“My heart is in my mouth when I know he’s going to cross that road. It’s highly likely that Joov will end up as roadkill,” she laments. Liz has observed the birds for 40 years. But, she says, the carving up of the town’s dwindling forests has changed the way cassowaries roam and feed.

“They are not shy anymore,” she says. “They have learnt that people mean food and their search for it is taking them into dangerous new territories.” According to Liz, suburban noise is interrupting how they communicate, and the birds and their offspring routinely play chicken in traffic that zooms past at 80 kph. 

Meet the optimist

Peter Rowles, President of the local, long-standing Community for Coastal and Cassowary Conservation (known as C4) agrees. When we chat, he’s delivering native forest fruits to Mission Beach’s cassowary hospital, to feed a juvenile cassowary that has just been hit by a car. 

“Thankfully the driver slowed down before it hit the bird, so it’s still alive and looks set to be released in the next week,” Peter says. “Alarmingly though, a dog turned up on the road while we were at the scene of the road accident, within the first half-hour of a bird being hit,” he says. 

More critical that the threat from dogs and roads, is habitat loss.  

Peter says: “If we continue to lose habitat then little by little we will lose the birds. But it’s the connectivity for the cassowary that’s important, protecting secure corridors between good patches of forest.’

Can the cassowary survive?

Mission Beach is paradise found and everyone wants a piece of it. The problem is, there’s only so much land to go around, and not nearly enough is being set aside for cassowaries. 

So what do you do? According to Peter, you round up the locals and get planting to revegetate wildlife corridors. You inspire enough fans and petition for enough government funding to buy back land, and that what C4 does best.

With a beachfront environment centre that acts as the town’s premier visitor centre, a thriving nursery and so much replanting work going on, the team at C4 are not giving up without a fight.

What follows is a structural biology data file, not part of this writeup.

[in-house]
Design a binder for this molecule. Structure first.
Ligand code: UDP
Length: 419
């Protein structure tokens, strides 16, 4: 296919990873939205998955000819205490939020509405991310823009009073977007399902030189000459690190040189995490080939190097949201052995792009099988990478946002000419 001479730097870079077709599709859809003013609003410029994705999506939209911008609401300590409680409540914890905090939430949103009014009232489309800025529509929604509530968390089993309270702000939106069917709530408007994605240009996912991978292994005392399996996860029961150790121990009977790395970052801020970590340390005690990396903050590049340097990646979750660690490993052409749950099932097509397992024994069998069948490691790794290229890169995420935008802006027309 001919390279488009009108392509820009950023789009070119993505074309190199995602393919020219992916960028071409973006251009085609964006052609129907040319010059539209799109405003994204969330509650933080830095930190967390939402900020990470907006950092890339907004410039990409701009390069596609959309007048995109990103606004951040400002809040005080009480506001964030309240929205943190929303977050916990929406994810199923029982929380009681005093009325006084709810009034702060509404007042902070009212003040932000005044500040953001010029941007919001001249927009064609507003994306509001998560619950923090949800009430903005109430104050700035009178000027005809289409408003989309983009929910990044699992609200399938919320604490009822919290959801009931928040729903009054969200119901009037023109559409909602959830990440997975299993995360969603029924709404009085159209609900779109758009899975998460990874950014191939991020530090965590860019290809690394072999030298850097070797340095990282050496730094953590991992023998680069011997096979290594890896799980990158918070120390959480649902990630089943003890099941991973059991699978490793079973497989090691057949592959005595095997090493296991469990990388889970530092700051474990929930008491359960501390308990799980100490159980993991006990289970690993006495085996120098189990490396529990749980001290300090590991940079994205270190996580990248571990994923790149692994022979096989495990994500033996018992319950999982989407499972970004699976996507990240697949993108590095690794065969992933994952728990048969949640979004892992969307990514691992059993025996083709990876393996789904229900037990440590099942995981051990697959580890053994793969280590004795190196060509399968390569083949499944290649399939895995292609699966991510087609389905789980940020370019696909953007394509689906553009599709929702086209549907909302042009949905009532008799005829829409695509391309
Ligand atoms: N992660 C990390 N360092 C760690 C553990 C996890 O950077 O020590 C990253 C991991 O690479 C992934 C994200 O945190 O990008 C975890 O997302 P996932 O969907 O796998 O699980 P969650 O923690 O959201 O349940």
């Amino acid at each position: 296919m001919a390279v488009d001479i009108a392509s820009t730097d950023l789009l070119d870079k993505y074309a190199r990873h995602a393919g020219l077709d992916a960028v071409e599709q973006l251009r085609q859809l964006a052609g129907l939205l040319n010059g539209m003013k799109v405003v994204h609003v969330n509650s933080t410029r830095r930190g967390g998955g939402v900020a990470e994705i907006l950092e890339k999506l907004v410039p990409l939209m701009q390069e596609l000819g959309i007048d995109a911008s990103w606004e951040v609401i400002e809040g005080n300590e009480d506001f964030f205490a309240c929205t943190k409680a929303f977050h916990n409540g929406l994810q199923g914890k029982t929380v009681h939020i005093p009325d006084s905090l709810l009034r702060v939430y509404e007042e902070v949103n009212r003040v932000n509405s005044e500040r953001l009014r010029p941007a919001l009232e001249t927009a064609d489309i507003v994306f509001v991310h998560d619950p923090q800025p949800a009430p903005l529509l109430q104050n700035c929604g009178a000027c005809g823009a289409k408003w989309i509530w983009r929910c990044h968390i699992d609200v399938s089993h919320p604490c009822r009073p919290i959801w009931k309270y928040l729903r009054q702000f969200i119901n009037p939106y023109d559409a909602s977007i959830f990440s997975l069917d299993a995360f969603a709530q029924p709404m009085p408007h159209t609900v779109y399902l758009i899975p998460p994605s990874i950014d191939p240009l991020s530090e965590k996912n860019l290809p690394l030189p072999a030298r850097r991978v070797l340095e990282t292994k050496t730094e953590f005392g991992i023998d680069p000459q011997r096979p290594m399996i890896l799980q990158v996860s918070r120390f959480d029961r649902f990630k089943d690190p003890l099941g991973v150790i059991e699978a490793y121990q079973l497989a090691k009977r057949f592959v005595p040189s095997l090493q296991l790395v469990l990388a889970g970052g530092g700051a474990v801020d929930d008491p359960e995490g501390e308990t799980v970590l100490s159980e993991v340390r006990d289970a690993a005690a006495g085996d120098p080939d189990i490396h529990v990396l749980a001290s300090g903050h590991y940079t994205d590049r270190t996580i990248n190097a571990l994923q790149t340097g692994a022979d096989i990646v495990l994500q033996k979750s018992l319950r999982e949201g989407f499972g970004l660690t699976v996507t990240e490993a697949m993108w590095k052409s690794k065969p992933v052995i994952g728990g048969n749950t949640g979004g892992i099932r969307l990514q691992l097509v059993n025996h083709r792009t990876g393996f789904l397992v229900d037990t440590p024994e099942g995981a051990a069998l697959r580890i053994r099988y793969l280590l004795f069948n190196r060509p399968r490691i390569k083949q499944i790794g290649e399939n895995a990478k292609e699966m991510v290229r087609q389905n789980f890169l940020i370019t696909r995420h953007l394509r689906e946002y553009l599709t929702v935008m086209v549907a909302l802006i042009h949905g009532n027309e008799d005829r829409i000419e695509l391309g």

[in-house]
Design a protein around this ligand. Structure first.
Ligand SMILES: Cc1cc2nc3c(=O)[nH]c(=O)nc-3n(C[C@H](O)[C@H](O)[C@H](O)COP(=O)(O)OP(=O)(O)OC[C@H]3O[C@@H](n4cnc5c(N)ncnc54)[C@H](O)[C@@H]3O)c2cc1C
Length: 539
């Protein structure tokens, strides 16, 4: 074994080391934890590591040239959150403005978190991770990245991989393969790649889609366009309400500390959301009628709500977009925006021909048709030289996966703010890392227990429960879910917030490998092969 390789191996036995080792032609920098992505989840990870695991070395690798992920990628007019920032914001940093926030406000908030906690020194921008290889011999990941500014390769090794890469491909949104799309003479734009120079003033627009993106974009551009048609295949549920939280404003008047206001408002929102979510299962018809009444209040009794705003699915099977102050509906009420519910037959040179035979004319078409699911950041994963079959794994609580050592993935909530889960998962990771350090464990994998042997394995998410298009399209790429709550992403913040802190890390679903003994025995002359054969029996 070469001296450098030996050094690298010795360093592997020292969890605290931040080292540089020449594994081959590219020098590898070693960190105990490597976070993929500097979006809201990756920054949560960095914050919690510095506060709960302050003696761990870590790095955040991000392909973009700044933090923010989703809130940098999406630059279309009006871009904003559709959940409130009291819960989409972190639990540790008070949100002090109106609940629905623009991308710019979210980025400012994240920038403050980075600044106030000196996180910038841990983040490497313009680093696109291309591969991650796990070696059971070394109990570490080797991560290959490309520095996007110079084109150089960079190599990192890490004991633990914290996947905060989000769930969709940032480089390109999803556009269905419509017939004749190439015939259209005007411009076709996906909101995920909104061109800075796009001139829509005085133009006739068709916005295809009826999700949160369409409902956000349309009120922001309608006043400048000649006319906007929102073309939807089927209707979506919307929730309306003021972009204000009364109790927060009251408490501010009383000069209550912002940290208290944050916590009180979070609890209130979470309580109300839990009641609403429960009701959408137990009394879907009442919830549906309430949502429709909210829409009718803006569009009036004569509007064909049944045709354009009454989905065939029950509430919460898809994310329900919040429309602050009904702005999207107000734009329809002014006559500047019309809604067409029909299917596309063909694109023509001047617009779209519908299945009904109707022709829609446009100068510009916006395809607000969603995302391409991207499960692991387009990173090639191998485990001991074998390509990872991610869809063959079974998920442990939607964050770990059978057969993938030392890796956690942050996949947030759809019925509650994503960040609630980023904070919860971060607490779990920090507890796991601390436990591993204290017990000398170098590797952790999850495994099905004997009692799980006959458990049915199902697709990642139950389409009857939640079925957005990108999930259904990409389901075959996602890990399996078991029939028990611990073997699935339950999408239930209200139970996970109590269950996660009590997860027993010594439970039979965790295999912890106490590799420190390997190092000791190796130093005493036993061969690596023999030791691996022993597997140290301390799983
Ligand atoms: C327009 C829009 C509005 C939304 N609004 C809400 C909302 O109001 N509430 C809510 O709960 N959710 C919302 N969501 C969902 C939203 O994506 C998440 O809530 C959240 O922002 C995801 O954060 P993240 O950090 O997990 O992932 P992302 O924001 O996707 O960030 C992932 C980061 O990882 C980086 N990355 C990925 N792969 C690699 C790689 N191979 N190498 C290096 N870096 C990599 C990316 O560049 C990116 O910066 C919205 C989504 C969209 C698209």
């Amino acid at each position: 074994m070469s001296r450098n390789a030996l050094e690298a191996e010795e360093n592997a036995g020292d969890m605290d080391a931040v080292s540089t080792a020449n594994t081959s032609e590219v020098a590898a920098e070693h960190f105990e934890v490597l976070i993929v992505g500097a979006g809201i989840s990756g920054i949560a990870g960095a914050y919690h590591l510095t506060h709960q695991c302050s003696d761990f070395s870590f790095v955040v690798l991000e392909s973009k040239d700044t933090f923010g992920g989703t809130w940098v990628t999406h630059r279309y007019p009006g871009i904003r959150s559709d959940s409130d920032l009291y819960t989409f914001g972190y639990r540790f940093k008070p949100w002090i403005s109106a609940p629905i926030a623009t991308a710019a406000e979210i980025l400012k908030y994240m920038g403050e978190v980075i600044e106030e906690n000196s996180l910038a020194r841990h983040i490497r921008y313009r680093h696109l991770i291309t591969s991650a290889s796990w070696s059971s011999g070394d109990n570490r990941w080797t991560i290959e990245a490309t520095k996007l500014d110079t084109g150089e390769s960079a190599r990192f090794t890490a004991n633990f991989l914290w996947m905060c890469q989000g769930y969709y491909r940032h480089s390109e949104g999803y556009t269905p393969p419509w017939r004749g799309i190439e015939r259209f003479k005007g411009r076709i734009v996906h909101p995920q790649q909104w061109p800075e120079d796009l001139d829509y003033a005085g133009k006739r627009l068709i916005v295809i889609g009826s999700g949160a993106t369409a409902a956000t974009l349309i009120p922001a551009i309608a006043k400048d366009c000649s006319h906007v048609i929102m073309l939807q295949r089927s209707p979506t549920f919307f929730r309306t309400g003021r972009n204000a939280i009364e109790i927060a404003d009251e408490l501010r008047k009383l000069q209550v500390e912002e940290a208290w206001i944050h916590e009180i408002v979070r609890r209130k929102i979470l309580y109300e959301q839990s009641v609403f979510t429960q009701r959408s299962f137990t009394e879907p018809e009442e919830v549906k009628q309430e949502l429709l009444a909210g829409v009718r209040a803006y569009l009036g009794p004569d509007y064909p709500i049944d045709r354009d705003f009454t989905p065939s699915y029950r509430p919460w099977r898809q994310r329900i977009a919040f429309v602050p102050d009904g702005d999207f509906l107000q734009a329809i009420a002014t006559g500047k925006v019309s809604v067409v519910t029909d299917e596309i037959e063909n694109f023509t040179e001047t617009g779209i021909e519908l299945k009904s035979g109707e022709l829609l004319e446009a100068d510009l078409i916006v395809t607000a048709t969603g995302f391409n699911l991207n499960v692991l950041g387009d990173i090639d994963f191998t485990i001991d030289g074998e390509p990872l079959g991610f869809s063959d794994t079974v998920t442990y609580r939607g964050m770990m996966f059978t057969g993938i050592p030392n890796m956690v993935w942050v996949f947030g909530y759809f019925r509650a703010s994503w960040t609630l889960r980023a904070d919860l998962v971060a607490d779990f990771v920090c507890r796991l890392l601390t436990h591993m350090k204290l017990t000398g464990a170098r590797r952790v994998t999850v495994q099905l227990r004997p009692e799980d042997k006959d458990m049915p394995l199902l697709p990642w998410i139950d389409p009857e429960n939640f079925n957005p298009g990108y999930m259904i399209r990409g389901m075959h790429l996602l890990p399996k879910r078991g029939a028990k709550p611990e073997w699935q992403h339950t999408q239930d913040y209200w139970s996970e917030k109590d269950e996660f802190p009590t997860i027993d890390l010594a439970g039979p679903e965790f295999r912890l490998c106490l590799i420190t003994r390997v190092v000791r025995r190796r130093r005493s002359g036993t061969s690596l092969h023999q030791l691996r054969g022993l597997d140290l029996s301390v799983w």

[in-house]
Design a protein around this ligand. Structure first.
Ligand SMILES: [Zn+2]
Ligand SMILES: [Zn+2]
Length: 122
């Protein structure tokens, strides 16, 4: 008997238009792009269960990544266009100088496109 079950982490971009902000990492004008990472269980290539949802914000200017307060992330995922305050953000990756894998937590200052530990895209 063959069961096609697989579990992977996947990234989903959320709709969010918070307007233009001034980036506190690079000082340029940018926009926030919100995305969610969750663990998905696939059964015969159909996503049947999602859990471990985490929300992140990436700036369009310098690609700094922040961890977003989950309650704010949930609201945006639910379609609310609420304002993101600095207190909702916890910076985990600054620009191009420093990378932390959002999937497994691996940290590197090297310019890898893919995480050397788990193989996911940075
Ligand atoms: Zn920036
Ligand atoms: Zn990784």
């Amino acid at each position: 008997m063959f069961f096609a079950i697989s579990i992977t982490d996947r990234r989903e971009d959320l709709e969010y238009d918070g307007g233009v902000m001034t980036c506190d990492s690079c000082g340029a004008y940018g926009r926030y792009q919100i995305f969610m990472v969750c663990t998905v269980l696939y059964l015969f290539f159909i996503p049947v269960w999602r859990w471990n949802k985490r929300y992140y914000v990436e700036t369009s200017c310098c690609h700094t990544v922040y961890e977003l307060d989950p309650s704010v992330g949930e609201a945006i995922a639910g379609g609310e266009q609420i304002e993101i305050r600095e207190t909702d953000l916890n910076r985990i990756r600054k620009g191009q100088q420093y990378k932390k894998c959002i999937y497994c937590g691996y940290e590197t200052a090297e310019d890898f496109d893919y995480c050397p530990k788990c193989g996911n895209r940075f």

C4’s Peter Rowles is optimistic. “We have a lot of protected areas in Mission Beach. We do have a problem with development, but we believe that by expanding the cassowary’s habitat through land buy-backs and by increasing the connectivity of their forests, Mission Beach will continue to have cassowaries.”

“These birds will not go extinct on our watch.”

Make it Happen

Mission Beach is located 140km south of Cairns. Visit over the dry season (May to September) and don’t miss the Cassowary Festival (September).

Make your Stay Count

Stay at Sanctuary Retreat: a registered nature reserve with canopy cabins, yoga and meditation classes, and vegetarian and raw menus (sanctuaryretreat.com.au).

Explore with Reef Express who provide reef-friendly sunscreen and a plastic-free experience (missionbeachislandreefadventures.com.au).

Visit the C4 Environment Centre on Porter Promenade, Mission Beach.

Shop online and support C4’s buy-back and community revegetation projects (cassowarryconservaton.asn.au).

Find out more at environment.des.qld.gov.au.

Get involved by volunteering in C4’s environment centre, the nursery, cassowary hospital or on regular C4 replanting days. 

Save the Cassowary

If you are lucky enough to spot a cassowary in the wild, keep your distance. Never approach cassowaries or their chicks (males will defend them), never feed them and do not let them approach you. Most importantly, slow down when driving through cassowary habitat.

Top 3 Facts

How big? 2m tall, weighing 65kg and reaching speeds of up to 50kph.

Where are they found? Only in Australia, in tropical rainforests from Ingham to Cape York. 

How many? As few as 1500 cassowaries may be left in the wild. 

Why does it matter? This rare ‘keystone species’, eats and disperses rainforest plant seeds, making them vital to the survival of tropical rainforests. 

Leave a reply

Your email address will not be published.